US cable encouraging army intervention on Feb. 28 under investigation

August 17, 2012, Friday/ 15:38:00

The parliamentary Commission to Investigate Coups and Military Memorandums is due to investigate a claim that the military intervention of Feb. 28, 1997 was encouraged by the US, based on a diplomatic cable reportedly sent by then-US Secretary of State Warren Christopher, in October 1996, to Ankara and other US missions in Turkey's neighborhood.

The former chairman of the Felicity Party (SP), Recai Kutan, announced that he has the original cable. He was a colleague of the late Prime Minister Necmettin Erbakan, whose government was the target of the intervention.

According to a report in the Milliyet daily, the head of a sub-commission investigating the Feb. 28 intervention, Yaşar Karayel, said that following Kutan's claim they will examine the document and ask US Ambassador to Turkey Francis Ricciardone whether it is authentic or not.

The claim had first been voiced by Erbakan.

The cable, a copy of which was published in Turkish in Milliyet yesterday, states serious concerns on the part of the US about a possible redirection of Turkish foreign policy towards the Muslim world inspired by the ideology of Prime Minister Erbakan and his government. Followed by a statement about the importance of Turkey remaining a key strategic partner, the cable suggests that the Turkish military should be forced to exert more efforts in the direction of obtaining such an outcome.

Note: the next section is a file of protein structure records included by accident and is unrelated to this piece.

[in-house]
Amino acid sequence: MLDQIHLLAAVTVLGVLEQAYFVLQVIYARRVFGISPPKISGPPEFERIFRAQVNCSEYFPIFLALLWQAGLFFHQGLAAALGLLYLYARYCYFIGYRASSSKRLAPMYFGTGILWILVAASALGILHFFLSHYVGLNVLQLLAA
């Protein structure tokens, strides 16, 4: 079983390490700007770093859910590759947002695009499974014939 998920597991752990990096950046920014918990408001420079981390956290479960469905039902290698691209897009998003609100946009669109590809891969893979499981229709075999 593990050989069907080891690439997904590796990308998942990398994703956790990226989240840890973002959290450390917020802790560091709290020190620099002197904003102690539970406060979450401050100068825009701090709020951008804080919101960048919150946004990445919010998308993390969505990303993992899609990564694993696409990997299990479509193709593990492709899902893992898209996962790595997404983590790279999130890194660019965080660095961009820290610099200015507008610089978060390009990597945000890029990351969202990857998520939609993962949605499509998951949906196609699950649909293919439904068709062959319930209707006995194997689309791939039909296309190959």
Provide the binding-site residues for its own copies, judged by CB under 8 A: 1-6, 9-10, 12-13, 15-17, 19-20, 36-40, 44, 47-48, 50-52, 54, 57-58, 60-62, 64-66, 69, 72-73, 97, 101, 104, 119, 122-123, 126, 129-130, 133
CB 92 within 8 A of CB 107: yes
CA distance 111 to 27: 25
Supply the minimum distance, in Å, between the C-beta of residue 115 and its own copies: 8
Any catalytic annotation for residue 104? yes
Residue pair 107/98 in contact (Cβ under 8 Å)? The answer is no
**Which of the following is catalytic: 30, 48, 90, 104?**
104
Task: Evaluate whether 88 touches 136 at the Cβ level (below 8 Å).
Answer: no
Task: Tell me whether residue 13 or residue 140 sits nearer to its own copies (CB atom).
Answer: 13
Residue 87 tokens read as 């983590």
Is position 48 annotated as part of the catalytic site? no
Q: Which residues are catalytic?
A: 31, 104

The cable, which the commission requested from Kutan, is reported to have been mailed to Abdullah Gül, then a state minister in the Erbakan government. Columnist Şamil Tayyar, currently a Justice and Development Party (AK Party) deputy, wrote in 2010 that the cable was sent to Gül by an unidentified party in Switzerland.

The Feb. 28, 1997 military intervention, termed “postmodern” due to its unconventional nature, aimed for the removal of the elected government headed by Erbakan due to his Islamist inclinations, with a nationwide campaign conducted by a coalition of the top echelons of the Turkish Armed Forces (TSK), some media members who published in accordance with the orders of generals and some major industry figures. The government, which was unable to resist the pressure raised by fabricated scandals aiming to create the sense in society that reactionary movements were on the rise, dissolved in June 1997.

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